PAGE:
Kermit Lynch tasting: Right in his (and my) wheelhouse
One of my favorite wine experiences was spending several hours a few years back with importer/writer/musician Kermit Lynch, including a long lunch at Chez Panisse.
Lynch wasn’t present at a tasting of his wines this month at Lucia’s, but he should have been, if only to eat at a restaurant after his own heart (and tummy)
Bonus: Lucia Watson (left), who helped pioneer the seasonal-local movement in Tundraland not long after Alice Walters was doing the same out Berkeley way, joined us for the meal.
The food was exquisite, and paired beautifully by Lucia’s beverage maestro Victoria Norvell.
A vibrant potato, spinach and leek soup was just hearty and fresh enough to fit right into this on-again, off-again ‘tweener season. The zingy but smooth Henri Perrusset MÃ¢con-Villages ($16) was a swell accompaniment, but the A&P De Villaine Aligoté ($27) was a true revelation, showing just how enticing “the other white grape” of Burgundy can be, with a marvelous fruit/spice amalgam, spot-on acidity and a lively, lengthy finish. Yum.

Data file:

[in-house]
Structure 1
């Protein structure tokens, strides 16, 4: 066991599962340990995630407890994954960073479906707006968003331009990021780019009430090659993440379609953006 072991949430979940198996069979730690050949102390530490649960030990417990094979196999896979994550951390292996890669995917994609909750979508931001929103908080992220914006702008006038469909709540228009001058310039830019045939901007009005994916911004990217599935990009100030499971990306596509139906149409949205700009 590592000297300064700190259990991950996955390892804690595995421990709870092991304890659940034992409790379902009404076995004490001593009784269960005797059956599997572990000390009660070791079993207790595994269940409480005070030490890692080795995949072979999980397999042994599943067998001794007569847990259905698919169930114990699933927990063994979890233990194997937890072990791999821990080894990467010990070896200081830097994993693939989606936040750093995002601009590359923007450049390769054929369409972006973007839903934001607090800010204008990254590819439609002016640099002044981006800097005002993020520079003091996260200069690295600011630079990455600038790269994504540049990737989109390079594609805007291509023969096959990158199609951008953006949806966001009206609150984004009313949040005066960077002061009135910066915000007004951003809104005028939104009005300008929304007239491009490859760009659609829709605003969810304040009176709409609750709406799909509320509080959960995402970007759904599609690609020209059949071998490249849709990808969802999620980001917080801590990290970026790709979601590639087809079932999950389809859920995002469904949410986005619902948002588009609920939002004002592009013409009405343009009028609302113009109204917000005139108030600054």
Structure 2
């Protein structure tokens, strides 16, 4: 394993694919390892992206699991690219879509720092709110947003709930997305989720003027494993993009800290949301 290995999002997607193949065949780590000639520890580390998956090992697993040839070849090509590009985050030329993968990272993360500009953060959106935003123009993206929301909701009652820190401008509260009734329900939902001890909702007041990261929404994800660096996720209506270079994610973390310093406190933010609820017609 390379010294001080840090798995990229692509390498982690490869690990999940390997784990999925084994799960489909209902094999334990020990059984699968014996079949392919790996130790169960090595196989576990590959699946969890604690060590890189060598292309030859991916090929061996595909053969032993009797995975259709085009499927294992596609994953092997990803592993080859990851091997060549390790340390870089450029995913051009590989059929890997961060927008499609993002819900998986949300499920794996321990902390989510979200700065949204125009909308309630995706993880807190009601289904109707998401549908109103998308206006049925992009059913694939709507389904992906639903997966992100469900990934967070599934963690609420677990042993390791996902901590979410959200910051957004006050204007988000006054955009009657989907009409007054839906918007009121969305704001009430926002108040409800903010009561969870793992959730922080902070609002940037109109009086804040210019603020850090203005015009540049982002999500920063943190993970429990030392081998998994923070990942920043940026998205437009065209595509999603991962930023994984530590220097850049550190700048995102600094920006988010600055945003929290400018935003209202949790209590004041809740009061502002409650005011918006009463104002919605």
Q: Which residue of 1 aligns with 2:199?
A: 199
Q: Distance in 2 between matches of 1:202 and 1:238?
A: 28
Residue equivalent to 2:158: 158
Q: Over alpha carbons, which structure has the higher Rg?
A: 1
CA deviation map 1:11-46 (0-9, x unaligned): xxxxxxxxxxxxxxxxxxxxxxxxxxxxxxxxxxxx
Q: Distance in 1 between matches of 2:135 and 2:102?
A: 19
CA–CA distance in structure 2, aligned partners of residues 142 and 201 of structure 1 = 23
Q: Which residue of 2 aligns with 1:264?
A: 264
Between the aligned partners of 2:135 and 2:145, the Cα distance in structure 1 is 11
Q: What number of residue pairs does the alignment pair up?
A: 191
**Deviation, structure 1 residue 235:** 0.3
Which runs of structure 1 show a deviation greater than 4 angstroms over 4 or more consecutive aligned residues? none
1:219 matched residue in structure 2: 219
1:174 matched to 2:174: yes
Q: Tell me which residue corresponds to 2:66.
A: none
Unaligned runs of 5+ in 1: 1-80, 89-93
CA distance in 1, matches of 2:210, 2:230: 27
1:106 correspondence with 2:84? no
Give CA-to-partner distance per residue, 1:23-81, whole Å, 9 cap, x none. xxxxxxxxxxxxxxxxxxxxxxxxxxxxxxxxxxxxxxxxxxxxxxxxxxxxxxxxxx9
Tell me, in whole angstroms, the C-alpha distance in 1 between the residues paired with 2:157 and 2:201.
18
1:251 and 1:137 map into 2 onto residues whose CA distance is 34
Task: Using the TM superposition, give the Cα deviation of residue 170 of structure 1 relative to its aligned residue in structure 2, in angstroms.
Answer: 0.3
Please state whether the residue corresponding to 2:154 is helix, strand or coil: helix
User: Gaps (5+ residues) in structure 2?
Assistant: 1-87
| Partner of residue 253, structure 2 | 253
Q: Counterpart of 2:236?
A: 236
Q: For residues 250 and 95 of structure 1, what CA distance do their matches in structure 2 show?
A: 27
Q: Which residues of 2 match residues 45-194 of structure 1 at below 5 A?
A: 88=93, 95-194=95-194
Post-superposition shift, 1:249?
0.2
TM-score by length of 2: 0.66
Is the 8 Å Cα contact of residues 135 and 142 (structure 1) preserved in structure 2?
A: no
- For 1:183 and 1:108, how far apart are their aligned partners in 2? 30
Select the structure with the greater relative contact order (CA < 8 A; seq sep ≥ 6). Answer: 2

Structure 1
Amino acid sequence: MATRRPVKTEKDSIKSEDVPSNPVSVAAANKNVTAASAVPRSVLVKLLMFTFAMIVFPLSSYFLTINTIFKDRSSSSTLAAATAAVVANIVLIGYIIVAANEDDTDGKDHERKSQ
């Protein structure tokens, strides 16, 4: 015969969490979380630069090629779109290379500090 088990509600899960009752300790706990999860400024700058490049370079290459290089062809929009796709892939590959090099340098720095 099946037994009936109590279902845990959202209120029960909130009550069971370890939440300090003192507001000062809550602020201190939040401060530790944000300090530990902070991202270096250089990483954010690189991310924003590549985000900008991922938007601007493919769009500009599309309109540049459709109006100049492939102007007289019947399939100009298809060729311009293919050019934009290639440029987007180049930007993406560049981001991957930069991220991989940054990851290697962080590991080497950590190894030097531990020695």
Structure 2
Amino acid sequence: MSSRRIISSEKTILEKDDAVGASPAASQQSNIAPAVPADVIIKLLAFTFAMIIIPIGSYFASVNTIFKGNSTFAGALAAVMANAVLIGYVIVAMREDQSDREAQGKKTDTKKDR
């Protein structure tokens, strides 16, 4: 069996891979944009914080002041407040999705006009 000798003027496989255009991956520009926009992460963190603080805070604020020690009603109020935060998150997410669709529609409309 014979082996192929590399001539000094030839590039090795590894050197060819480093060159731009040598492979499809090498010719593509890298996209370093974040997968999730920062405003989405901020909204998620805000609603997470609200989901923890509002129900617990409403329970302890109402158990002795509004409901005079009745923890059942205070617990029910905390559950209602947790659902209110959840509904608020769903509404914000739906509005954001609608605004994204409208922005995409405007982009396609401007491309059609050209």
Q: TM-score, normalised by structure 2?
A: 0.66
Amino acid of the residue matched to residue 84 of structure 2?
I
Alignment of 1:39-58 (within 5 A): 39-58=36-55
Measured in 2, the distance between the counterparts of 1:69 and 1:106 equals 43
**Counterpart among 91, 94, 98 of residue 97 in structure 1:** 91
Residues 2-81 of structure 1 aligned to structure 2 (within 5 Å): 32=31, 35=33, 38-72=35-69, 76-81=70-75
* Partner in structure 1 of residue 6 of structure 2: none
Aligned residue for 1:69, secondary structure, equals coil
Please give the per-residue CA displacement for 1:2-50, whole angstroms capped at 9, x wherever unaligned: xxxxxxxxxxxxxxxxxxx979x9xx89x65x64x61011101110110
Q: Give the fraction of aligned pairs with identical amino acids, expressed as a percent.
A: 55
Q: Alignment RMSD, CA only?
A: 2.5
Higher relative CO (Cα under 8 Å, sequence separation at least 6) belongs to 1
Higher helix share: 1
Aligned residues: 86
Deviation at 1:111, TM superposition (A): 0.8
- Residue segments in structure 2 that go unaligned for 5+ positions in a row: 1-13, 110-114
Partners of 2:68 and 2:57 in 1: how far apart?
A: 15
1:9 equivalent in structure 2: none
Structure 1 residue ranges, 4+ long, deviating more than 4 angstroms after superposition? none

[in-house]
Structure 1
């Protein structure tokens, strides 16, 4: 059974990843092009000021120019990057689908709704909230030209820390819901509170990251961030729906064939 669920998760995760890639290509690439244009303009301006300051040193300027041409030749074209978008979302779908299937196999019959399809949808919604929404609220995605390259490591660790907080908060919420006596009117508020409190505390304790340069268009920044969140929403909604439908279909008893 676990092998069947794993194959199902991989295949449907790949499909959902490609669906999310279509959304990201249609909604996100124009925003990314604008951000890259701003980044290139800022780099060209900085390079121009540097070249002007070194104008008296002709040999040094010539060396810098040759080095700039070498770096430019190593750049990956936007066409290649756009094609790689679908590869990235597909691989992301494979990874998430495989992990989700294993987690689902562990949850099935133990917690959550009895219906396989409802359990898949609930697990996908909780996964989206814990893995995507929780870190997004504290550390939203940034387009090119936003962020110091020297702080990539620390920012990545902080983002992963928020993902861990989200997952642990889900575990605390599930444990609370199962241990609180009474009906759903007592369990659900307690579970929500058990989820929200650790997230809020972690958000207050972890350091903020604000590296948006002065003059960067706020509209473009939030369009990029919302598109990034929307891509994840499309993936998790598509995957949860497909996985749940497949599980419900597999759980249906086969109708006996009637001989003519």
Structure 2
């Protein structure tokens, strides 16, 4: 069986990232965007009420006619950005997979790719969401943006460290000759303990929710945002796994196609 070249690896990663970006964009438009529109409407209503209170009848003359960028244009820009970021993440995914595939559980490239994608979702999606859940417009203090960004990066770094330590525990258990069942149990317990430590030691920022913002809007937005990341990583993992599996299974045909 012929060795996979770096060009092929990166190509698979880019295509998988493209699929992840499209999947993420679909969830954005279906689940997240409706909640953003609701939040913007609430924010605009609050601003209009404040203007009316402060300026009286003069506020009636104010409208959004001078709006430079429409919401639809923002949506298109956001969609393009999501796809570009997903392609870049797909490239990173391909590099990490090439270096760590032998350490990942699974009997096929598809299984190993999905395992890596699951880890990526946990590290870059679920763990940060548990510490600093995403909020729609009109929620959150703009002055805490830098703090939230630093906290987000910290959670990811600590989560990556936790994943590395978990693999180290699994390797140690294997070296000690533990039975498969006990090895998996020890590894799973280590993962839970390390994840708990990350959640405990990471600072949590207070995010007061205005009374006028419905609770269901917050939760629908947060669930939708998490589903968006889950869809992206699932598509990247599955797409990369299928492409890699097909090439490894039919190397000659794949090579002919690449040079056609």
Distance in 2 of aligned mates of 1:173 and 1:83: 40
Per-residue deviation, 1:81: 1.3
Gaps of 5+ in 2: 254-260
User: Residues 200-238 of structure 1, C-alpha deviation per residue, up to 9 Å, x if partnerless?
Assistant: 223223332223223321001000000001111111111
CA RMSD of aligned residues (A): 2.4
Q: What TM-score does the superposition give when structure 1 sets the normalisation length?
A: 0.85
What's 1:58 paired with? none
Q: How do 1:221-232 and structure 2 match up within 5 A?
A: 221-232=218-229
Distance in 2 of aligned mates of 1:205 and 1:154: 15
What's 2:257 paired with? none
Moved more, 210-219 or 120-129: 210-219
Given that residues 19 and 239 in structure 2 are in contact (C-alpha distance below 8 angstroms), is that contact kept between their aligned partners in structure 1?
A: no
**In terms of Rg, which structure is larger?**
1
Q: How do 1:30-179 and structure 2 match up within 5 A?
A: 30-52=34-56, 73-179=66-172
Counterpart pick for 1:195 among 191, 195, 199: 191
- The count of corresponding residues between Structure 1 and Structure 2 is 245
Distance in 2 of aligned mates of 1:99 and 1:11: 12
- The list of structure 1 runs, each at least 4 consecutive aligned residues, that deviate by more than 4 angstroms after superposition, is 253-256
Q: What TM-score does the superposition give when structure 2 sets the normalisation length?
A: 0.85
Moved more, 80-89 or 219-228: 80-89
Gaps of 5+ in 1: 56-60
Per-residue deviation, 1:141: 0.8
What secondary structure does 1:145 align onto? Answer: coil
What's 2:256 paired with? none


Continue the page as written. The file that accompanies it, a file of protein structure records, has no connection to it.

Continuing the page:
After much deliberation I chose the duck and lentil entrée over the trout. No way to lose there, but the La Roquete Chateauneuf-du-Pape ($42), dark and spicy but somehow almost satiny, seemed particularly suited for le canard.
We finished with an exquisite tart and an obscenely good dessert wine, Domaine de Durban’s Muscat Beaumes de Venise ($16/375 ml.), with massive fruit and the kind of focus one rarely finds in a sweet wine.
Other recommended juice from this tasting: two Loire whites, a gorgeous, splendidly balanced Domaine du Salvard Cheverny Blanc ($17) and a Chateau d’Epire Savennieres that boasted seamless waves of roundness and leanness. Plus a new grape (for me) from Liguria, a Pigato from Punta Crena ($27) that was clean but complex and simply delicious.
Which, as Mr. Lynch might say, is the first and foremost job of a wine.